For us in the tropics, the lack of a chiller wasn’t much of a problem. Smoking, drying, salting, fermentation, or a combination of these methods were applied.
But for our siblings in the north, it used to be hard to keep food from spoiling in the summertime. There was a person called “the iceman”. He would go to their house and sell them a big block of ice. They’d keep it in something called an “icebox” to preserve the kinds of food that spoiled quickly. But that was a drag because the ice kept melting. It would drip all over the floor.
So, somebody thought up another way to keep food cold. It was a gas-powered system that used ammonia or sulphur dioxide as a coolant. No more lugging blocks of ice. What could be bad about that? Well, the chemicals were not only poisonous, they smelled terrible and there were leaks.
A substitute coolant was badly needed. One that would circulate inside the refrigerator, but would not poison anyone if the refrigerator leaked, or pose a danger if it was sent to the junkyard. Something that wouldn’t make you sick, wouldn’t burn your eyes, or attract bugs, or even bother the cat. But in all of nature, no such material seemed to exist.
So, chemists invented a class of molecules. Little collections of even tinier things called atoms, that had never existed on Earth before. They called them chlorofluorocarbons, or CFCs, because they were made up of one or more carbon atoms and some chlorine and/or fluorine atoms. These new molecules were wildly successful, far exceeding the expectations of their inventors. Not only did CFCs become the chief coolant in refrigerators, but also in air conditioners. There were so many things you could do with CFCs:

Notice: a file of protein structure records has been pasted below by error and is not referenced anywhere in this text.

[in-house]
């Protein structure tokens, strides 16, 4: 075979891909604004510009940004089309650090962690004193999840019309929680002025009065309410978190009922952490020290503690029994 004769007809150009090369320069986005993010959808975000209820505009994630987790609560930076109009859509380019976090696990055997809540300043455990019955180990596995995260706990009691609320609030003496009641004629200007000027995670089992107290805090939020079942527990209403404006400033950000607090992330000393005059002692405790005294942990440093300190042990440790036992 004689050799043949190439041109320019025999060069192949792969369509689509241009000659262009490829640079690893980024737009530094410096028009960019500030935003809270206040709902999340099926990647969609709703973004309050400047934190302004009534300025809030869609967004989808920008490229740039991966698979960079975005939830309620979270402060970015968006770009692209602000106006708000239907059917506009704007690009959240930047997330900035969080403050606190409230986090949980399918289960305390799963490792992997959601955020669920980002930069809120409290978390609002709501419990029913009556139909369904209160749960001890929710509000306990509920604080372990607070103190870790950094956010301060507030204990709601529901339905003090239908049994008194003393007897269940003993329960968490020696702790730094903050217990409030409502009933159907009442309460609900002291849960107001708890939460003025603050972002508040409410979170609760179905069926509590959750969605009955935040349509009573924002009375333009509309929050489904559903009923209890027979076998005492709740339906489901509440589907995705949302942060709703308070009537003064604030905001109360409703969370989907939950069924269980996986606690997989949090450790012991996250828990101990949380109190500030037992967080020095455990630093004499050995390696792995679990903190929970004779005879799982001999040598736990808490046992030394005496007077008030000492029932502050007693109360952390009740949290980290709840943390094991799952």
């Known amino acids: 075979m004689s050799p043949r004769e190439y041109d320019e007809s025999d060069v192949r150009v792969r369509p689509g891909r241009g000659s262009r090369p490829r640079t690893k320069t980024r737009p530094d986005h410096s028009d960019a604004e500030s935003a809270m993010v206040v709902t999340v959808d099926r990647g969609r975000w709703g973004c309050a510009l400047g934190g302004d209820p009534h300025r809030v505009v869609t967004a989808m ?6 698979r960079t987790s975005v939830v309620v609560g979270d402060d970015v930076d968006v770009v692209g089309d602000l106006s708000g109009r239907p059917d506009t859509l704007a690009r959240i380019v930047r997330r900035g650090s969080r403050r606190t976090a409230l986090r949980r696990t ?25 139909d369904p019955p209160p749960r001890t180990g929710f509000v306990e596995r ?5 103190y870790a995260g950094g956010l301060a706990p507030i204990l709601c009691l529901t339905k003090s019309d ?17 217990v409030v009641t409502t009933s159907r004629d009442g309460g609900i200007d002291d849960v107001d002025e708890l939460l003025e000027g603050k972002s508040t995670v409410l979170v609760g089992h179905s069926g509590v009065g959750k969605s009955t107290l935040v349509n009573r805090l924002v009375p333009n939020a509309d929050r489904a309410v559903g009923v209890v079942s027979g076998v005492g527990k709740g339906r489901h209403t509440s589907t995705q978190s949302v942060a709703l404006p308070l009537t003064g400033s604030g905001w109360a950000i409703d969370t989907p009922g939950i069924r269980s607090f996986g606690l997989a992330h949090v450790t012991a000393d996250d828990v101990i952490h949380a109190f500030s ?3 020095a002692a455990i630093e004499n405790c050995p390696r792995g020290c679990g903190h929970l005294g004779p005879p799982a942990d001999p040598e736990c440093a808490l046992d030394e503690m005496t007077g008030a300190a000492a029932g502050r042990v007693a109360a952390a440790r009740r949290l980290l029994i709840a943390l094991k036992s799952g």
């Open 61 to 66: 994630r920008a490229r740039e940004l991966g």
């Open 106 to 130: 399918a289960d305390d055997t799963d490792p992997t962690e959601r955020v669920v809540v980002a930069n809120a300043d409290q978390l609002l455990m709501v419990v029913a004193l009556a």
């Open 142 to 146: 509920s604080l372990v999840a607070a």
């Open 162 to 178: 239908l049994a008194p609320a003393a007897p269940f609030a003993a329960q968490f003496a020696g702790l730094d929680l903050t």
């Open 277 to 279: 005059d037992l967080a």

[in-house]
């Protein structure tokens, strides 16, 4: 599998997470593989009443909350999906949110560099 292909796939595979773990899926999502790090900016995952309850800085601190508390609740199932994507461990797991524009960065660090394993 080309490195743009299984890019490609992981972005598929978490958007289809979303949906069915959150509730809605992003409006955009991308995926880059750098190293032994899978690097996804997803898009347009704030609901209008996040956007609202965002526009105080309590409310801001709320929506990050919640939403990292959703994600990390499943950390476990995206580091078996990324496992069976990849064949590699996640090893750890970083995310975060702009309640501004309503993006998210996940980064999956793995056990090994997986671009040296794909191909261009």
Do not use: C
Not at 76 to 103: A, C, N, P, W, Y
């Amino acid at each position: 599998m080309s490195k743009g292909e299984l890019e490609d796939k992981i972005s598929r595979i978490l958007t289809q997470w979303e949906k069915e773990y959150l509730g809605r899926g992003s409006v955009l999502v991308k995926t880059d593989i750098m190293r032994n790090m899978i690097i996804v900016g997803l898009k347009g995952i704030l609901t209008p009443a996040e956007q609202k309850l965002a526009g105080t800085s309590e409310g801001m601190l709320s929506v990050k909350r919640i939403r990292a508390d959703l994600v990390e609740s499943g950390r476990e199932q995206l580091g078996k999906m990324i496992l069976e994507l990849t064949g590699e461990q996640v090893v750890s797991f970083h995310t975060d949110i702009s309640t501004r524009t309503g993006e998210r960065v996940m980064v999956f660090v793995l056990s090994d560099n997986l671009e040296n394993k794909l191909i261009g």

- People used them to propel great fluffy mounds of shaving cream.
- And to protect your hair from wind and rain.
- It was also the propellant that made fire extinguishers and spray paint cans so much fun.
- It was good for foam insulation, industrial solvents and cleansing agents.
The most famous brand name of these chemicals was Freon, a trademark of DuPont. It was used for decades and no harm ever seemed to come from it. Safe as safe could be, everyone figured. Until, in the early 1970s, two atmospheric chemists at the University of California, Irvine were studying Earth’s atmosphere.
Molina wanted to grow as a scientist. He was looking for a project that would take him as far from his previous research experience as possible. He wondered. What happens to those Freon molecules when they leak out of the air conditioner? This was a time when the Apollo astronauts were still making regularly scheduled trips to the Moon. And NASA was contemplating weekly launches of a space shuttle. Would all that burning rocket fuel pose a danger to the stratosphere, that place where Earth’s atmosphere meets the blackness of space? And this is how science works a lot of the time. You set out to solve one problem, and you happen on a completely different, unexpected phenomenon.